Tuesday, July 31, 2012
Yesterday, my grandmother gave me a framed photo-set of me as a baby. I was confused by this until she told me to look on the back.
This is what my great-grandmother (Grandma's mother) had written on the back:
"Dear Lord, help little Erin to have good discipline, and to receive it, and God bless this family, Lord, that little Erin may yield to the convicting power of the Holy Spirit when she gets old enough to understand right from wrong and accept Jesus as her Savior. And that she will be sanctified wholly and live a consecrated and dedicated life for Christ. Give her a passion for lost souls. Help her to honor hr mom and dad that she may live long on the Earth if Jesus tarries. This is my prayer for sweet little Erin." -- Grandma Hanson
It's humbling to read something written about and for me long before I was conscious of the world. It's amazing to think of this hidden prayer committed to writing and undiscovered until someone took the photos down. The love and faith that shines through an elderly woman's myopic scrawl just leaves me speechless.
Thursday, July 26, 2012
The other day, a friend asked if I had any suggestions for starting a grain-free diet. Actually, I do. Here are a few:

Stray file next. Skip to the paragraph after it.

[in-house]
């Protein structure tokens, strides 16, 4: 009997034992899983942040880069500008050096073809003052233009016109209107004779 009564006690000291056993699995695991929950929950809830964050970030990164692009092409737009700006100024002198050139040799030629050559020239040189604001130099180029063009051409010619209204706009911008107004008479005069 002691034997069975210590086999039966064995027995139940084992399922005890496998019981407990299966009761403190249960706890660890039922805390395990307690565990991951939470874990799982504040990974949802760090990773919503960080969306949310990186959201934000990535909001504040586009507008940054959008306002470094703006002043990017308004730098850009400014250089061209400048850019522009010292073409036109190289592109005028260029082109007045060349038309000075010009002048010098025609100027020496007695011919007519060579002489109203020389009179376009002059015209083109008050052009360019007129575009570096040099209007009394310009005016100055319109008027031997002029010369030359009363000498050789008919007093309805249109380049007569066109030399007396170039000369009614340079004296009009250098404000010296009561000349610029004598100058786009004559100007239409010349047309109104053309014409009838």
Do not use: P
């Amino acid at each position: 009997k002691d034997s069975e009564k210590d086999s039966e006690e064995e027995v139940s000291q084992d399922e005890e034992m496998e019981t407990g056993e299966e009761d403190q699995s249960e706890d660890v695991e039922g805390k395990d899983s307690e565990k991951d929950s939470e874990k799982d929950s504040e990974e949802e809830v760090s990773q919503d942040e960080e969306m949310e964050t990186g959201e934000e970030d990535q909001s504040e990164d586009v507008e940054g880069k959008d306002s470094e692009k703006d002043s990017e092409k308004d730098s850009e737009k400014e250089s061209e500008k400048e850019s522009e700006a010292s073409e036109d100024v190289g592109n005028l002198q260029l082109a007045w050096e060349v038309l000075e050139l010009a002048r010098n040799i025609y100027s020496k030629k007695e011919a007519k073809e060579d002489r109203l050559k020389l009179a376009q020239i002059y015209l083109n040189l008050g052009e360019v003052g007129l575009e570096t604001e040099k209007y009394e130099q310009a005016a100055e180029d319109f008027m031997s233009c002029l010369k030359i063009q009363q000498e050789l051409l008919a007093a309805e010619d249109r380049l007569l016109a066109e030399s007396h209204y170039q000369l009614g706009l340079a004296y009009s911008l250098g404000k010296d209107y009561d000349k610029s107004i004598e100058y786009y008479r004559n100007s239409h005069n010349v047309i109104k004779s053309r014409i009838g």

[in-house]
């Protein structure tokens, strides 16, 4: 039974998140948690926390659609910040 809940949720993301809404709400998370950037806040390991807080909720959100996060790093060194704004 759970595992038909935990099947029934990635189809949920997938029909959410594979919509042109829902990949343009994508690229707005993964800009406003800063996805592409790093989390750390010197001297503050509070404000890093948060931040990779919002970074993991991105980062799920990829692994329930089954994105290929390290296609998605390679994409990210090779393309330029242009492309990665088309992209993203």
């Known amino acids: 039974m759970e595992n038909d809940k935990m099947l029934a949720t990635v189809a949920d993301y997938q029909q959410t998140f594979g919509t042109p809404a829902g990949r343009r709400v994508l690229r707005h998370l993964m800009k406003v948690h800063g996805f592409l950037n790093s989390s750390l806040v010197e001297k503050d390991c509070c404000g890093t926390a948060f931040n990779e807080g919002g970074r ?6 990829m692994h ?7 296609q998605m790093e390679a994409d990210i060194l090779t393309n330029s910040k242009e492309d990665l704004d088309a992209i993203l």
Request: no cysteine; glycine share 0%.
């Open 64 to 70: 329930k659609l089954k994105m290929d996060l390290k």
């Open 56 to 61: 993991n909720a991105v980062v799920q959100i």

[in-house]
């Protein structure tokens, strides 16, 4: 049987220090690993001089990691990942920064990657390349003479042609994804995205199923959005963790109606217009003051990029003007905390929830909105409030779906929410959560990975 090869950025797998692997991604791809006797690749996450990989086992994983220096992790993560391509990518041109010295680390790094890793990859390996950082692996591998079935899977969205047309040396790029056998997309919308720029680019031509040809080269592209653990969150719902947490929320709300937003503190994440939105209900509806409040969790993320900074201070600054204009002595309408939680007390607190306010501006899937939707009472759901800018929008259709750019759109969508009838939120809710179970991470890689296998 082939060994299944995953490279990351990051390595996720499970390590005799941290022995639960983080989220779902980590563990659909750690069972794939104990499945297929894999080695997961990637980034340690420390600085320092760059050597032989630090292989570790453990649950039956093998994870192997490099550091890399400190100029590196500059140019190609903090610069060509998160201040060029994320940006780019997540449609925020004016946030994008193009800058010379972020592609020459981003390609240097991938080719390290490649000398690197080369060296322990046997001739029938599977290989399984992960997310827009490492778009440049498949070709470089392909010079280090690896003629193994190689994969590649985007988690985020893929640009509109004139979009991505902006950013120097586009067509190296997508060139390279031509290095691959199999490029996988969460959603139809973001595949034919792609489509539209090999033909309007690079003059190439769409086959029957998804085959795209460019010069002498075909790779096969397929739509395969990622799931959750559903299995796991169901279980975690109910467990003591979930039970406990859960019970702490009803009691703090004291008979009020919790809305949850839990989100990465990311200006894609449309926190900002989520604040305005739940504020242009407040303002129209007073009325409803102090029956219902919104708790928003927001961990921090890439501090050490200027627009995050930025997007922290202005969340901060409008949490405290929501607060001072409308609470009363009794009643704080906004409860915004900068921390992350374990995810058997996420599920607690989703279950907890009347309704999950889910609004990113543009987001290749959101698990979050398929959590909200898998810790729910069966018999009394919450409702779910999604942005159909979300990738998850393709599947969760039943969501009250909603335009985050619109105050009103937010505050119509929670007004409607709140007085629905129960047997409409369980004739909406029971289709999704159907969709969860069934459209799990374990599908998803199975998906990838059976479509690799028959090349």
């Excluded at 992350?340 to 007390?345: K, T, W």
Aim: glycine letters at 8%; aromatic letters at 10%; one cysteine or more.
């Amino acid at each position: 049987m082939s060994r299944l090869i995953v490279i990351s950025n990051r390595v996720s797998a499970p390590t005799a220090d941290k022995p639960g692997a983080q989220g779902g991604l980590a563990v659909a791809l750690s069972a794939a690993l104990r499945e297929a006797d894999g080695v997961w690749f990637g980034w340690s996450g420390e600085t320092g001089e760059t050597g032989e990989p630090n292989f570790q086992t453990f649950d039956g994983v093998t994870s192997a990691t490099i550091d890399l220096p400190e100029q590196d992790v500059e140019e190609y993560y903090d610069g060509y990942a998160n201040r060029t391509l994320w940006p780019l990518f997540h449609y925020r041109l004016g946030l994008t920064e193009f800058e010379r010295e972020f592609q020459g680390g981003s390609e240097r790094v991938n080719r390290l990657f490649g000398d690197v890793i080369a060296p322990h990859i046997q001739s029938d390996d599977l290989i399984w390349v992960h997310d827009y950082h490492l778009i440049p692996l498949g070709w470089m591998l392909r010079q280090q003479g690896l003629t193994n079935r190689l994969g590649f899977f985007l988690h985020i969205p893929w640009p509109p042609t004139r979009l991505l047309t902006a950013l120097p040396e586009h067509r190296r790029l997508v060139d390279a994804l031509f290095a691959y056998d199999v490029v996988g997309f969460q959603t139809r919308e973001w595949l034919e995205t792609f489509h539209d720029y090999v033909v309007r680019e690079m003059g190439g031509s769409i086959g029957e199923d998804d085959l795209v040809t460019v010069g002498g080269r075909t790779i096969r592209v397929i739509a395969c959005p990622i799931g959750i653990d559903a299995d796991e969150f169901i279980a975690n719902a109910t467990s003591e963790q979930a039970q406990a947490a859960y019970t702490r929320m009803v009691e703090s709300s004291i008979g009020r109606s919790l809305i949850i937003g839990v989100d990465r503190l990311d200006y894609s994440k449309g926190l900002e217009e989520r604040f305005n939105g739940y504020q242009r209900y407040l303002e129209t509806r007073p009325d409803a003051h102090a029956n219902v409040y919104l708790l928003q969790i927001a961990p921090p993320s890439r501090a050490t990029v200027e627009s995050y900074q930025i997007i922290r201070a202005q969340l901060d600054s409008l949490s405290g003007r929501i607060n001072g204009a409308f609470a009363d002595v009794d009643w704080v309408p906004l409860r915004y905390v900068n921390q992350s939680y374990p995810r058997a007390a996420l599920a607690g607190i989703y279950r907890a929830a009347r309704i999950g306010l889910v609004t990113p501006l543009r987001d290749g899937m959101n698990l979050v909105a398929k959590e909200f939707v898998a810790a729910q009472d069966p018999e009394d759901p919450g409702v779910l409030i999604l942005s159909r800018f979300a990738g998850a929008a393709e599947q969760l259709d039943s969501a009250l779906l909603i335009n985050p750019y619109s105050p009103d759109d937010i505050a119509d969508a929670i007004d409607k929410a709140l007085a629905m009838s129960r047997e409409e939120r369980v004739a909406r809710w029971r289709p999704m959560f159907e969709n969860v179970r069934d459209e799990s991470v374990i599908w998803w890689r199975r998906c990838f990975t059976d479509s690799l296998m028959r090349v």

1. Make sure that grain-free is the right diet for you. It’s not for everyone. I am allergic to both wheat and corn, as it turns out, so I decided to try grain-free for 90 days to see how it works for me. If you’re not allergic to any grains, then it might not make sense for you. I’ve started recommending that if you’re considering a change in diet, first go get tested for food allergies. To get the results you want, it may be as simple as cutting out foods to which you are allergic.
2. Read labels. If you choose to try grain-free, you’re going to have to find out which foods have hidden grains. You will be astonished at where corn can hide, in the forms of corn starch and corn syrup. Even Campbell’s soup has either wheat gluten or corn syrup in most varieties.
3. Go through your cabinets, freezer, and refrigerator. Throw out everything that has any grain substance in it. I mean everything. Grain-free is hard, and you will have weak moments. If the food isn’t in the house, you won’t eat it.
4. Be creative about what you CAN eat. Once you get rid of your grains, you might wonder what you can eat. The short answer is meat, vegetables, fruit, and dairy. (I am not talking about the Paleo diet – that requires you to give up dairy and processed sugar.) Also peanut butter and soy. Chocolate (if you’re careful about what type). This is the time to mix things up. I like carrots and mustard, peanut butter and celery, that sort of thing. Frozen fruit, canned fruit. Focus on protein – it burns more slowly than carbohydrate, so it won’t give you the crash that follows a sugar rush.
5. Give yourself time to adjust. Eliminating grains is not easy. I do better cold turkey, but you might do better tapering off. Realize that you will have cravings, and make sure that you have suitable snack replacements on hand. Don’t try to count calories or carbs or whatever you’ve been doing, either. Eat when you’re hungry, stop when you’re no longer hungry. And most importantly, if you fall off the wagon, forgive yourself and get back up.
If you have any questions about any of this, just ask. And if you decide to go grain-free, best wishes!!